"I've heard of people brushing their teeth with salt. Is this healthy or not?"

We are not surprised that people are now doing this, or that it is being hyped. It is proof that a little bit of knowledge is a dangerous thing. Sea salt is a great source of trace minerals, so some people figured that it could help to remineralize the teeth. The problem is that we need the right minerals, in the right amounts, and in the right ratios with one another. While sea salt really is good for the overall health as part of a nutritious diet; sea salt's mineral composition in no way resembles that of healthy bone material, and it is therefore unlikely to be truly beneficial to the teeth if it is used as a cleaning agent. We believe that it has a poor help-to-harm ratio, since its excessive sodium is combined with abrasive materials that are likely to destroy tooth enamel with long-term use. We even discourage the use of baking soda, except for occasional use. This is a topic wherein we have done extensive research. You may wish to check our store for our dental cleanser product. The best primary source for dental research is the late Dr. Weston Price, who inspired our formulation. We apologize if our mention of the product seems like gratuitous marketing, but we sincerely believe that it is the best of the best. This is because its ingredients are more-or-less natural to a degree that no other safe and effective product is, and because it is based upon the trinity of minerals that are needed for tooth remineralization, which are calcium, phosphorus, and magnesium. The calcium and phosphorus in our product has maximum bioavailability, because they are derived from concentrated milk.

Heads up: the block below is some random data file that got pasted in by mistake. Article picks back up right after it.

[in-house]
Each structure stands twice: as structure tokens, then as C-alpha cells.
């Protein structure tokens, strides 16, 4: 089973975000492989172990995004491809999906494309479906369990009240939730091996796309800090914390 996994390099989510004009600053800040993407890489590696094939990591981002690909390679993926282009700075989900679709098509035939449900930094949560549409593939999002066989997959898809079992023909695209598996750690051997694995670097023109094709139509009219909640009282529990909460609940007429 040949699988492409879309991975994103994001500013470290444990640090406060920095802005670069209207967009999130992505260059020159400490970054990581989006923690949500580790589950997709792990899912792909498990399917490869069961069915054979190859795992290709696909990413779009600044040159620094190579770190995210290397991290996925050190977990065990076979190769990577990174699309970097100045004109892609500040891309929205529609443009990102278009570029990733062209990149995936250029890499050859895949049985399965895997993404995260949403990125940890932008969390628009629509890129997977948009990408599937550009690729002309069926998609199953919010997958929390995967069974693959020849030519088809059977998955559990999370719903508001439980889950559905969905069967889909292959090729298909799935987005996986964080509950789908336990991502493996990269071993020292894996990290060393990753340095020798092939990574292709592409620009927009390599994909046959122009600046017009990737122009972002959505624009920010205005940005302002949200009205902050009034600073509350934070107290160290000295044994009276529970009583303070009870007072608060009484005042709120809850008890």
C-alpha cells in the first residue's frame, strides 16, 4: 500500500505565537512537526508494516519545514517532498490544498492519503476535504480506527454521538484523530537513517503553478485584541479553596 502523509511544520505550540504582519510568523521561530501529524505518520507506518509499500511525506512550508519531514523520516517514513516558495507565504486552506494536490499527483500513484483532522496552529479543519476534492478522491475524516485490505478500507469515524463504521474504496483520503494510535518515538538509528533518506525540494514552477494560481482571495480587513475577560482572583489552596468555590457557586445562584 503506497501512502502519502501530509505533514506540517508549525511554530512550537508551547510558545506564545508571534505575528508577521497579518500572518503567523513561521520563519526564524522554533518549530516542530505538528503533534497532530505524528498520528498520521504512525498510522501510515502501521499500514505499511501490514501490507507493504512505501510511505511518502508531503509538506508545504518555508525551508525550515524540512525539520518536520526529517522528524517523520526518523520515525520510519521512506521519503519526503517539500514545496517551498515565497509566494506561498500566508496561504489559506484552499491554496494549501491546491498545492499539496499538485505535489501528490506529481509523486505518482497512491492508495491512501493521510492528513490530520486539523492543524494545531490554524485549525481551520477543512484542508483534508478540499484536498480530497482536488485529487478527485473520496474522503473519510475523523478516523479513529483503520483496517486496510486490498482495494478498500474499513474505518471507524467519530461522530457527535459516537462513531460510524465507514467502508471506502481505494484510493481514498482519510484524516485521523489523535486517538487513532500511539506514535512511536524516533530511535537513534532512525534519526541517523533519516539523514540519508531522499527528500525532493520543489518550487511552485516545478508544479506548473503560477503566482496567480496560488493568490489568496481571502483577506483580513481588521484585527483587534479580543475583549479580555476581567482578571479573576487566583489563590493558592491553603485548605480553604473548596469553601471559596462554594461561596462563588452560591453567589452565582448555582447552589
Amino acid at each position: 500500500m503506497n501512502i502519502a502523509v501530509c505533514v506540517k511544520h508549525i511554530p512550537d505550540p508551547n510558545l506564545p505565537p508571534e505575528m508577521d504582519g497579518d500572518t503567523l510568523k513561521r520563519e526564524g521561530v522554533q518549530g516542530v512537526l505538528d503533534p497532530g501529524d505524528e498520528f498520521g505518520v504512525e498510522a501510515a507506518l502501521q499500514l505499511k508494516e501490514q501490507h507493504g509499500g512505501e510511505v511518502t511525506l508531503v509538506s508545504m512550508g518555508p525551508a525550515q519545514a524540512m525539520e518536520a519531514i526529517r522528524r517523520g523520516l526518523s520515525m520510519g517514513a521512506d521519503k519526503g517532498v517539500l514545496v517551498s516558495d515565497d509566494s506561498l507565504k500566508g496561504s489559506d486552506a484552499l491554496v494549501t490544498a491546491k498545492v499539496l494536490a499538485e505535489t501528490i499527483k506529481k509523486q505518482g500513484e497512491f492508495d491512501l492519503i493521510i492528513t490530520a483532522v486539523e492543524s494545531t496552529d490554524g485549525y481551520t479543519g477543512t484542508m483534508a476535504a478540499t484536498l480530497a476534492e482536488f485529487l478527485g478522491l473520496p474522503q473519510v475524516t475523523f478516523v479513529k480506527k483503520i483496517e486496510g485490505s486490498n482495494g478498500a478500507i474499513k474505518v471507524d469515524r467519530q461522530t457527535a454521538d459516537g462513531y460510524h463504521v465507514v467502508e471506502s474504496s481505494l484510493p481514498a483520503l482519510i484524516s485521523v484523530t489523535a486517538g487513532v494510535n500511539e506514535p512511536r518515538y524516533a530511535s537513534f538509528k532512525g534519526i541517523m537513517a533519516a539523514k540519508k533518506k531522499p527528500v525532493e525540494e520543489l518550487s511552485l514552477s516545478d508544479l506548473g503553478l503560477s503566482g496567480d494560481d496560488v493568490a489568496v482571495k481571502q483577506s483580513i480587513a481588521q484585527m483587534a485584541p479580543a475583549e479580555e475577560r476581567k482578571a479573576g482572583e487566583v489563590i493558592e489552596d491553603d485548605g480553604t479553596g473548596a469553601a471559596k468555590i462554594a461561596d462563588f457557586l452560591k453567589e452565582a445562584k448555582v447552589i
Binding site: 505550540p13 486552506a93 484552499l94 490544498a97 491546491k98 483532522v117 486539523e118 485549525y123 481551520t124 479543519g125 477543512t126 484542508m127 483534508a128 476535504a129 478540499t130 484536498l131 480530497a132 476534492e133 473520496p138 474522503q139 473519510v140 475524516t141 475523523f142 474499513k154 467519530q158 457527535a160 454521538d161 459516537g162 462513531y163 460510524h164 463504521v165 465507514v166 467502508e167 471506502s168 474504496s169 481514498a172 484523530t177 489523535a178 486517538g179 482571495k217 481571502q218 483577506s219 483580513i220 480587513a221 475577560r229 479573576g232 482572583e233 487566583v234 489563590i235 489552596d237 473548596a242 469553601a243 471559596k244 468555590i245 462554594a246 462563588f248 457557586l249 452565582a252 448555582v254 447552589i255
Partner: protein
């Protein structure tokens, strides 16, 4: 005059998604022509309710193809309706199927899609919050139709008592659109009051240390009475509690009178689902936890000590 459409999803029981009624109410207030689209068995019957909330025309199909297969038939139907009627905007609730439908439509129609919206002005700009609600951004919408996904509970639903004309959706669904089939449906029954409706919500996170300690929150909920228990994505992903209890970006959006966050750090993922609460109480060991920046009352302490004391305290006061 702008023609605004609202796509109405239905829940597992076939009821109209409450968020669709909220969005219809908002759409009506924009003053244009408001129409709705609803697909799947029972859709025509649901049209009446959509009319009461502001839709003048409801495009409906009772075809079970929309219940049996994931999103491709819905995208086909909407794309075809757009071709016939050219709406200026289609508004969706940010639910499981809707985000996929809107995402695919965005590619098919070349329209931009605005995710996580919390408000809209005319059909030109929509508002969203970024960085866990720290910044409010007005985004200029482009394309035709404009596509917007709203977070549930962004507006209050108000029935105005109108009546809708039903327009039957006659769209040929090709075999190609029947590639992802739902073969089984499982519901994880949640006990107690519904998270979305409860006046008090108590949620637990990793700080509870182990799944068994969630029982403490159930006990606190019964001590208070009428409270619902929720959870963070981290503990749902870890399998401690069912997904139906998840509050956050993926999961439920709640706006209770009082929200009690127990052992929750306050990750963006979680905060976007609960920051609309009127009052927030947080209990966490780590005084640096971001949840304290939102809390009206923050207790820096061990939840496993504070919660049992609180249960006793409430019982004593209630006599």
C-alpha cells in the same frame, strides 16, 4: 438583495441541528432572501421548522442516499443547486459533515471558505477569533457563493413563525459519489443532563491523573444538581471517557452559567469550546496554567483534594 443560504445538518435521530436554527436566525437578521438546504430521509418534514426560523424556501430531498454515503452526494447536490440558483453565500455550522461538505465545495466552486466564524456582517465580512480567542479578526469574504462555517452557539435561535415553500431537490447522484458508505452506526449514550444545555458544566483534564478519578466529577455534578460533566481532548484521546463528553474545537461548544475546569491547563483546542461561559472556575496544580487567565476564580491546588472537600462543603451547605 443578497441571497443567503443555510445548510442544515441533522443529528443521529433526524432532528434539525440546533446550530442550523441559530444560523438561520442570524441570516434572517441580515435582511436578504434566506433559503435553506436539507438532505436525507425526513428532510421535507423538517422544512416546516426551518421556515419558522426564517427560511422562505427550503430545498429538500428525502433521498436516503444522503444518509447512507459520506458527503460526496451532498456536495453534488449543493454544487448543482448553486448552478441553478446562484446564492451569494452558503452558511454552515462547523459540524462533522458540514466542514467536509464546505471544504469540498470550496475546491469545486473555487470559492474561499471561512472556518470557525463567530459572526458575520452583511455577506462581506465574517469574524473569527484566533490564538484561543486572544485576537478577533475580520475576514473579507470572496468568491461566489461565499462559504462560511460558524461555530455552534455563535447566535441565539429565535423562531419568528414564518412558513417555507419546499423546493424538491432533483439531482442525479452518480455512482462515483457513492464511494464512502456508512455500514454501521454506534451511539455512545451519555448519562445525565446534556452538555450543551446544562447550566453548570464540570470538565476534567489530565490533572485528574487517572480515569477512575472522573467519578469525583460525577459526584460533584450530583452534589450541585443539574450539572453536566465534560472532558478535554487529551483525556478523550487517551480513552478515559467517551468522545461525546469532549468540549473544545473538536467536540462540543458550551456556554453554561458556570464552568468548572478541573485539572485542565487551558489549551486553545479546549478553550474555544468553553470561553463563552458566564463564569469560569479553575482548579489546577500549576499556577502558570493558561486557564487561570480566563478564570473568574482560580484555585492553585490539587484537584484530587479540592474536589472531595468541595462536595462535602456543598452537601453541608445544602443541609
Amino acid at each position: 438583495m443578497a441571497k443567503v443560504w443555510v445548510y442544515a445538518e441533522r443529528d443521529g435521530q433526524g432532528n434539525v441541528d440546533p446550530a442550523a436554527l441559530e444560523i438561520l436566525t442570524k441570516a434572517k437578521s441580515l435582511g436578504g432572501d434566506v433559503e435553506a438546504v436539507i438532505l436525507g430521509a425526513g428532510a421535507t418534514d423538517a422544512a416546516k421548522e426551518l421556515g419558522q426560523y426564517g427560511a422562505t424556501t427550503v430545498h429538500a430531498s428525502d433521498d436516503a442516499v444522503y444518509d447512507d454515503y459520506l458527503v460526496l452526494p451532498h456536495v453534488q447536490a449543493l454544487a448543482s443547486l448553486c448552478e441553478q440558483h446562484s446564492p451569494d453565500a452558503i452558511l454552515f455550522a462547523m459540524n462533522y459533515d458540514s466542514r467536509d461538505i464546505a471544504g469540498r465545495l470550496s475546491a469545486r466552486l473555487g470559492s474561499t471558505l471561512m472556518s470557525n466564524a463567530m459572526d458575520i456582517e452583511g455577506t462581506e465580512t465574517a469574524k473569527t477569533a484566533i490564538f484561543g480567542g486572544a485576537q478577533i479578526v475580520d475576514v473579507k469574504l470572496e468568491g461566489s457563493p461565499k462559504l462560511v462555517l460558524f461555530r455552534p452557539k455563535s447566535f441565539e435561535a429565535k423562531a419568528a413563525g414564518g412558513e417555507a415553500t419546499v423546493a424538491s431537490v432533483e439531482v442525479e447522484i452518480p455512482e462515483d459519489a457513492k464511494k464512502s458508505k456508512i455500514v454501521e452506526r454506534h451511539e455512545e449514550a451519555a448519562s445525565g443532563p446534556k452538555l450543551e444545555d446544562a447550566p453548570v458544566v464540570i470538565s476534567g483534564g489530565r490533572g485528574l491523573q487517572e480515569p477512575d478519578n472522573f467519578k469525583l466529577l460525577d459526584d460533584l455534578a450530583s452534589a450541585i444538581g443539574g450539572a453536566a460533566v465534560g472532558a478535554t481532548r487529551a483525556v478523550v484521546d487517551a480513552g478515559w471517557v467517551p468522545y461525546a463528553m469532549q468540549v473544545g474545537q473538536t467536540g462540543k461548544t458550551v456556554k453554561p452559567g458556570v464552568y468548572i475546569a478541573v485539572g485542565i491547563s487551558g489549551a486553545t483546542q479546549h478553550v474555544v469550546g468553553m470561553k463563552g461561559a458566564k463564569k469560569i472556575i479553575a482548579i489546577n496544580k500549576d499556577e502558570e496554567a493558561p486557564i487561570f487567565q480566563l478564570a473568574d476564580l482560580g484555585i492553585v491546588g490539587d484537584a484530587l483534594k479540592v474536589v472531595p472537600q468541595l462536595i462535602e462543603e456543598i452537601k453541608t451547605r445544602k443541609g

The Claimer: The information provided herein is intended to be a truthful and corrective alternative to the advice that is provided by physicians and other medical professionals. It is intended to diagnose, treat, cure, and prevent disease.